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Title:Effects of feeding ractopamine hydrochloride in combination with zinc or chromium on growth performance, carcass characteristics, and meat quality of finishing steers
Author(s):Edenburn, Bailey Marie
Advisor(s):Felix, Tara
Department / Program:Animal Sciences
Discipline:Animal Sciences
Degree Granting Institution:University of Illinois at Urbana-Champaign
Ractopamine Hydrochloride
Abstract:Cattle growth rate, feed efficiency, and carcass quality directly influence profitability of beef cattle producers throughout the United States. Volatile feed costs have made it economical for livestock producers to use technologies to improve efficiency and profitability. Beta adrenergic agonists are one such technology and are a class of feed additives that have been widely fed by the feedlot industry in the last decade. One product available on the market is ractopamine hydrochloride (RAC), a beta-agonist that acts as a nutrient repartitioning agent to shift nutrient deposition from fat to lean tissue. There are other additives which may work in combination with RAC to enhance lean tissue deposition and improve meat quality. Of particular interest in this thesis are trace minerals, specifically zinc (Zn) and chromium (Cr) fed in combination with RAC. Zinc is not only involved in protein synthesis through its integral role in all 3 RNA polymerases (Cousins, 1998), but Harris et al. (2012) reported Zn in combination with RAC reduced β-receptor desensitization in bovine muscle satellite cells. This suggests that Zn supplementation may prolong the response of skeletal muscle to RAC. In addition to Zn, Cr is integral to glucose metabolism and has been shown to increase glucose clearance rates following glucose infusion (Sumner et al., 2007). We hypothesized that feeding RAC in combination with Zn would increase efficiency of gain and muscle growth over feeding RAC alone, that RAC in combination with Cr would increase intramuscular fat deposition over RAC alone, and RAC in combination with Zn and Cr would enhance both lean tissue accretion and marbling. Therefore, objectives were to determine the effects of feeding RAC with Zn and Cr on feedlot growth performance, carcass characteristics, and meat quality. Crossbred steers (N = 179; average initial BW = 533 ± 94 kg) were blocked by BW and allotted to 30 pens, 10 pens per block, for a 63 d trial. Pens were randomly assigned to 1 of 5 treatments: (1) control (CONT), (2) RAC only (RO), (3) RAC + Zn (RZ), (4) RAC + Cr (RC), or (5) RAC + Zn + Cr (RZC). Steers were fed the same basal diet containing 60% dry rolled corn, 20% corn silage, 10% DDGS, and 10% supplement. Trace minerals were fed from d 0 to 63 and to target 1 g of Zn/steer·d-1 (KemTRACE Zn; Kemin Industries, Inc., Des Moines, IA) and 3 mg Cr/steer·d-1 (KemTRACE Cr; Kemin Industries, Inc.) for Zn and Cr treatments, respectively. Dry rolled corn, 0.605 kg/steer, was removed from the ration and 400 mg RAC, per 0.605 kg of ground corn carrier, was top dressed per steer immediately following feed delivery to pens fed RAC. Data were analyzed using the MIXED procedure in SAS. There were no effects (P > 0.45) of trace mineral supplementation during the first 35 d of the trial, prior to RAC supplementation, on DMI, ADG, or G:F. There were also no effects (P > 0.46) of treatment for the entire 63 d of the trial on DMI, ADG, or G:F. Despite the lack of differences in live performance, steers fed RO and RC averaged 0.10 kg/d greater (P = 0.10) carcass ADG than steers fed RZC and CONT, while steers fed RZ were intermediate and not different. Steers fed RO had 13% greater (P = 0.09) carcass G:F than steers fed CONT. Steers fed RO and RC averaged 5.5 kg heavier (P = 0.09) HCW than steers fed RZC and CONT, while steers fed RZ were intermediate and not different. There were no treatment effects (P > 0.32) on LM area, 12th rib fat, marbling score, KPH, carcass yield, or USDA yield grade and distribution. However, carcasses from steers fed RC had the greatest (P = 0.10) percentage grading USDA Select. There were no treatment effects (P > 0.20) on shear force, intramuscular fat, pH, a*, and b*. Steaks from steers fed RO and RC had 11.4% greater (P = 0.08) cook loss than steaks from steers fed CONT and RZC, whereas steaks from steers fed RZ were intermediate and not different. Also, steaks from steers fed RC had 2.11 units greater (P = 0.03) L* values than steaks from steers fed RZ, steaks from steers fed CONT, RO, and RZC were intermediate. In feedlot steers, addition of either Cr and Zn, alone or in combination did not improve growth performance or meat quality when fed in combination with 28 d of RAC supplementation; however, RAC, fed alone or in combination with Cr, did increase HCW.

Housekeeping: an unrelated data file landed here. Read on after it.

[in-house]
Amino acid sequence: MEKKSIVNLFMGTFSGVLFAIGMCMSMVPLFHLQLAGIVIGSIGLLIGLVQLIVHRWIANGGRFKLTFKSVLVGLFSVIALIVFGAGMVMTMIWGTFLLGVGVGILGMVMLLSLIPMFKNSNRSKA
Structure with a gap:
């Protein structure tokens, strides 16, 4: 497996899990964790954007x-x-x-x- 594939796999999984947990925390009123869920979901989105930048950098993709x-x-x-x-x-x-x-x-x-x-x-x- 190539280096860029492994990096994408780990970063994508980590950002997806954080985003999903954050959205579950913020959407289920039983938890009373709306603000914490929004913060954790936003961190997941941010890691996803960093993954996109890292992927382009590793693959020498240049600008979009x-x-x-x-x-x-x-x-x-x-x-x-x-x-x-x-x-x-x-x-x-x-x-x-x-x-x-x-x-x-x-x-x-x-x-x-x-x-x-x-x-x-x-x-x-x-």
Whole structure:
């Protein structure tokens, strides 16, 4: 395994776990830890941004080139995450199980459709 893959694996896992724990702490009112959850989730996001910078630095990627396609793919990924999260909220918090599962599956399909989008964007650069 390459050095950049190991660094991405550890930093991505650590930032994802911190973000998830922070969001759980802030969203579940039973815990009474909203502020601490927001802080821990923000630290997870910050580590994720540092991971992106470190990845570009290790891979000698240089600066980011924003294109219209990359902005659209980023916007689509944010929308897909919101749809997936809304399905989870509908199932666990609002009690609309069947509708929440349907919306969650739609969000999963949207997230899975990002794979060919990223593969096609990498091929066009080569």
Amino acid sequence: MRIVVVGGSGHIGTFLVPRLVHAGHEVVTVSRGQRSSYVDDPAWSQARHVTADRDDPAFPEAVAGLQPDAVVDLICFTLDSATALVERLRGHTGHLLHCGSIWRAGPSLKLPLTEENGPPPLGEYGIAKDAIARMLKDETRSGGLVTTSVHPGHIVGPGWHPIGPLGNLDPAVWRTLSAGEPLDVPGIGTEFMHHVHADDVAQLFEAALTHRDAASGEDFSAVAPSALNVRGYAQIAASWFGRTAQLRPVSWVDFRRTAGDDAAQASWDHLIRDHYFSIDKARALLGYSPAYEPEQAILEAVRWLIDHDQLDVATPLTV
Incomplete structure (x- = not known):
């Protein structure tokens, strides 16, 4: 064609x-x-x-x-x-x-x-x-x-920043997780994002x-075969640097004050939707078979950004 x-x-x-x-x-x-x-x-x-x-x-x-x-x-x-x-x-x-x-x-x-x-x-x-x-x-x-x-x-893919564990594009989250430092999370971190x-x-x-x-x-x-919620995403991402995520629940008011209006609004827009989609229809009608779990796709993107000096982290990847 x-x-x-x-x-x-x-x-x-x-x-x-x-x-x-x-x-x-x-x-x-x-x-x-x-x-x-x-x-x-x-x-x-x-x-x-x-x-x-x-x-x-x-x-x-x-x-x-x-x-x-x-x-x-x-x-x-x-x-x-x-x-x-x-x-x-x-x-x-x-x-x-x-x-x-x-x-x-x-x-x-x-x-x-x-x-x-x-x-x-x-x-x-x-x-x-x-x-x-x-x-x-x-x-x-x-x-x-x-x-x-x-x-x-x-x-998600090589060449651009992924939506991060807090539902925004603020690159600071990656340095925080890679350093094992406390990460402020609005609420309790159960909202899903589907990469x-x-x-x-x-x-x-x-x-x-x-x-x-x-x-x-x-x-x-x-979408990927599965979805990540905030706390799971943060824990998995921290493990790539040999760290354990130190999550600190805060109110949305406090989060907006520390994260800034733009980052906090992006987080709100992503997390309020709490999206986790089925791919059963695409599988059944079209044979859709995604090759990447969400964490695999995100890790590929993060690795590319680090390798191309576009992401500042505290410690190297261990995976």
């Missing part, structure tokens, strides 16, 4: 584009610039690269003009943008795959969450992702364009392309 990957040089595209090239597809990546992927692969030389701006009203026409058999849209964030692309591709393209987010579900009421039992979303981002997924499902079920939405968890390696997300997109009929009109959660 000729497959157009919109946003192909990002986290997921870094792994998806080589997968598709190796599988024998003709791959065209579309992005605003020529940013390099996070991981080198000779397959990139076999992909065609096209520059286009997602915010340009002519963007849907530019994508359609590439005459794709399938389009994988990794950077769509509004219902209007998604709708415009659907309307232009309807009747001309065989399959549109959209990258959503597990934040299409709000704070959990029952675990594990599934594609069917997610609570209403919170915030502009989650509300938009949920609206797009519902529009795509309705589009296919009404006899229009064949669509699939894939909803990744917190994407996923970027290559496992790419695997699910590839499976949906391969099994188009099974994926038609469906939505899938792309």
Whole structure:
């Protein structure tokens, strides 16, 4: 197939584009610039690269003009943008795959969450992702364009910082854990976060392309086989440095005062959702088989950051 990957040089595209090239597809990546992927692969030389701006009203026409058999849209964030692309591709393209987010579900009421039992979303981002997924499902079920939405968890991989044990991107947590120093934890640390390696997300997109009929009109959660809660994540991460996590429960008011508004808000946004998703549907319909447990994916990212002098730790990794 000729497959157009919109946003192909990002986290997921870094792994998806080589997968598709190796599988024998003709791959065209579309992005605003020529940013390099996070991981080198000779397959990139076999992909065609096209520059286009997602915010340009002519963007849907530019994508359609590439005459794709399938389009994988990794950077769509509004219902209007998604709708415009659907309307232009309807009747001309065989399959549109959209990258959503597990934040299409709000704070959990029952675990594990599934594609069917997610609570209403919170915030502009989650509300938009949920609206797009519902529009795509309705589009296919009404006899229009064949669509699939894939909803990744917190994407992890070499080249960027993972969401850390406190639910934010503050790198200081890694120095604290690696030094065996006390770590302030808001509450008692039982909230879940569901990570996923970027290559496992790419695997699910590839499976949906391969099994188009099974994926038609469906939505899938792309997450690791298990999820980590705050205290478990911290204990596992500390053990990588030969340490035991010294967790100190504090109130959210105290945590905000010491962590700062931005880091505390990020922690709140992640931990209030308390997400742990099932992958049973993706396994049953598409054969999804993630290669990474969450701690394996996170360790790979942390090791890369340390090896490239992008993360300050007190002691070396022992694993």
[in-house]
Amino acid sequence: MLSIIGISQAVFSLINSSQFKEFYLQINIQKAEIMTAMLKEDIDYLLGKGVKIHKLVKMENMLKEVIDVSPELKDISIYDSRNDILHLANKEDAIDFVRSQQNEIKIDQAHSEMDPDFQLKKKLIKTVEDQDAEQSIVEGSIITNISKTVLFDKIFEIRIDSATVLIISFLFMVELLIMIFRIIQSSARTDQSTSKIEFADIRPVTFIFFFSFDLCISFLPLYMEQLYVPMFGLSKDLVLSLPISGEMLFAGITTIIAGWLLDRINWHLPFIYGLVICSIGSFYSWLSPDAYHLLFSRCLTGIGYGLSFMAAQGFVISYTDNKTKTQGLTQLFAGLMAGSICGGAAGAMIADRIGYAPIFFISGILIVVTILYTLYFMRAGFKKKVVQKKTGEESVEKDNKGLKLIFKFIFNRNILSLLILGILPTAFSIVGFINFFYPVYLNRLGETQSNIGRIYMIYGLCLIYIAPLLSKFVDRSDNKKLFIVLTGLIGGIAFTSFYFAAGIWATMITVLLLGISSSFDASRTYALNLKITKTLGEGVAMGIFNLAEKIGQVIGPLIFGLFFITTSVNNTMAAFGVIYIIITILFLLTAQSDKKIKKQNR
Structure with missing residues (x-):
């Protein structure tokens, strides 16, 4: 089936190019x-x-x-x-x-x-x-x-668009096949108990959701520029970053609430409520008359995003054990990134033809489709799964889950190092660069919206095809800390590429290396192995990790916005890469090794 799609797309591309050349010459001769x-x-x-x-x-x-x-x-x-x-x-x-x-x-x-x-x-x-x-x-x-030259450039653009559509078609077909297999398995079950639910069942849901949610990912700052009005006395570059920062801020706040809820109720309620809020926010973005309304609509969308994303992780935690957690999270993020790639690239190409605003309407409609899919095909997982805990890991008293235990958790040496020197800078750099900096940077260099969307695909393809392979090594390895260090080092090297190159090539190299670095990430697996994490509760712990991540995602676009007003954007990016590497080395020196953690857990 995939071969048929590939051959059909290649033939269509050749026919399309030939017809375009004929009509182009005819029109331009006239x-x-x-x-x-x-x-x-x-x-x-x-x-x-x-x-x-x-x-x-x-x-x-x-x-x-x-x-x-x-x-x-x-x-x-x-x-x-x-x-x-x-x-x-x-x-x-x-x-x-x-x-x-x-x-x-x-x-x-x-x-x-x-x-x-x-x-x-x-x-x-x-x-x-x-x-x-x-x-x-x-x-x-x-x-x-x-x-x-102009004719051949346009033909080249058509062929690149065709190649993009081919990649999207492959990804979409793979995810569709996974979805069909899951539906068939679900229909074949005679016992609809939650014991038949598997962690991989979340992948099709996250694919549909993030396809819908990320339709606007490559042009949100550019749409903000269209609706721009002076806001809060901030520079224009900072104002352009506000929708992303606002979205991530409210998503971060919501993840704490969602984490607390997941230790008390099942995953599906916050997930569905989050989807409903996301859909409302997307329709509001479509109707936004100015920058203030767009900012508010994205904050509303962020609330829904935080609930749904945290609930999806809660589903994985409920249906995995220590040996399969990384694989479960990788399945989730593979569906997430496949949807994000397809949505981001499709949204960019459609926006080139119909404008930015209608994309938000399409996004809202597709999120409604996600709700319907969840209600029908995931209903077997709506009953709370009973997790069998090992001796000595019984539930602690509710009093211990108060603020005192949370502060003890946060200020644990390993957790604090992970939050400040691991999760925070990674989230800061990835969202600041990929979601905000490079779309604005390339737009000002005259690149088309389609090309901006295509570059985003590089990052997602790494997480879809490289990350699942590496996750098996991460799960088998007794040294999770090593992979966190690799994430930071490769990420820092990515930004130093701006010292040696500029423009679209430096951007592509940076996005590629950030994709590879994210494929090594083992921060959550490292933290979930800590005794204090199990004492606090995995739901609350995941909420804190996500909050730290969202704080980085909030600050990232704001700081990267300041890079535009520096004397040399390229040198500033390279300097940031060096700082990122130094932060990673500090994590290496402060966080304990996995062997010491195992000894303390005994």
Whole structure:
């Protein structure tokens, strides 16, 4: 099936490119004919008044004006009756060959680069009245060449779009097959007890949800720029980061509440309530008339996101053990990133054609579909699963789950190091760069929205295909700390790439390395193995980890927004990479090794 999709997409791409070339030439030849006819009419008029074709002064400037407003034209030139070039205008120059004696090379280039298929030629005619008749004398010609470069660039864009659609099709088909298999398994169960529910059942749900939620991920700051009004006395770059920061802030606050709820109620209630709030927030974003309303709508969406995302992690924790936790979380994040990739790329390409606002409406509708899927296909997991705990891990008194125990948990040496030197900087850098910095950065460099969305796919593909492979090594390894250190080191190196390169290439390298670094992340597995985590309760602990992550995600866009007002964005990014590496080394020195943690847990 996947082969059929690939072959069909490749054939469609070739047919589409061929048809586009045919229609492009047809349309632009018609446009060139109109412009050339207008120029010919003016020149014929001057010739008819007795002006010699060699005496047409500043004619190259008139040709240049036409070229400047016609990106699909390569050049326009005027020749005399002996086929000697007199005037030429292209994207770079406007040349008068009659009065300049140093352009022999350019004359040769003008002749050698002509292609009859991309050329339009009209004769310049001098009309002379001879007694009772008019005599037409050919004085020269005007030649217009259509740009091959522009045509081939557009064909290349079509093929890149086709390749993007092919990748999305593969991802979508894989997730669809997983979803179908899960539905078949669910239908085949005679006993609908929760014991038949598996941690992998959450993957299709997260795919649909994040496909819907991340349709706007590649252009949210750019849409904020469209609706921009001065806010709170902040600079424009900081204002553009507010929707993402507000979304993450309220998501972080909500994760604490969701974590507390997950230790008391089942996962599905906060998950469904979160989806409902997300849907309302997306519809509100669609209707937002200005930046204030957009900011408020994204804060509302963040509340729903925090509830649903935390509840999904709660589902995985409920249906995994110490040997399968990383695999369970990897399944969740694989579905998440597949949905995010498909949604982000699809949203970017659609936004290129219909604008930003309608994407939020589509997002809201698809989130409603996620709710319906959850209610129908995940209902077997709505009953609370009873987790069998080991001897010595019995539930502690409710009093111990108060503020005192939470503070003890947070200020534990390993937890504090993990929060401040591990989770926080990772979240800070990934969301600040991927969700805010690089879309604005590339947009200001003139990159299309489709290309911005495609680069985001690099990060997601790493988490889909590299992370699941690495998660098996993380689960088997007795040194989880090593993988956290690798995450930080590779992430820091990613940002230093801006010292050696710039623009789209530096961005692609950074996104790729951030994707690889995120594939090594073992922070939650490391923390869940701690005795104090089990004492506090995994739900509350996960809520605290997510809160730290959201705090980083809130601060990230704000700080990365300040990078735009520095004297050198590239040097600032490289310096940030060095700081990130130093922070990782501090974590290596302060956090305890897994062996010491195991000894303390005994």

Issue Date:2015-09-14
Rights Information:Copyright 2015 Bailey Edenburn
Date Available in IDEALS:2016-03-02
Date Deposited:2015-12

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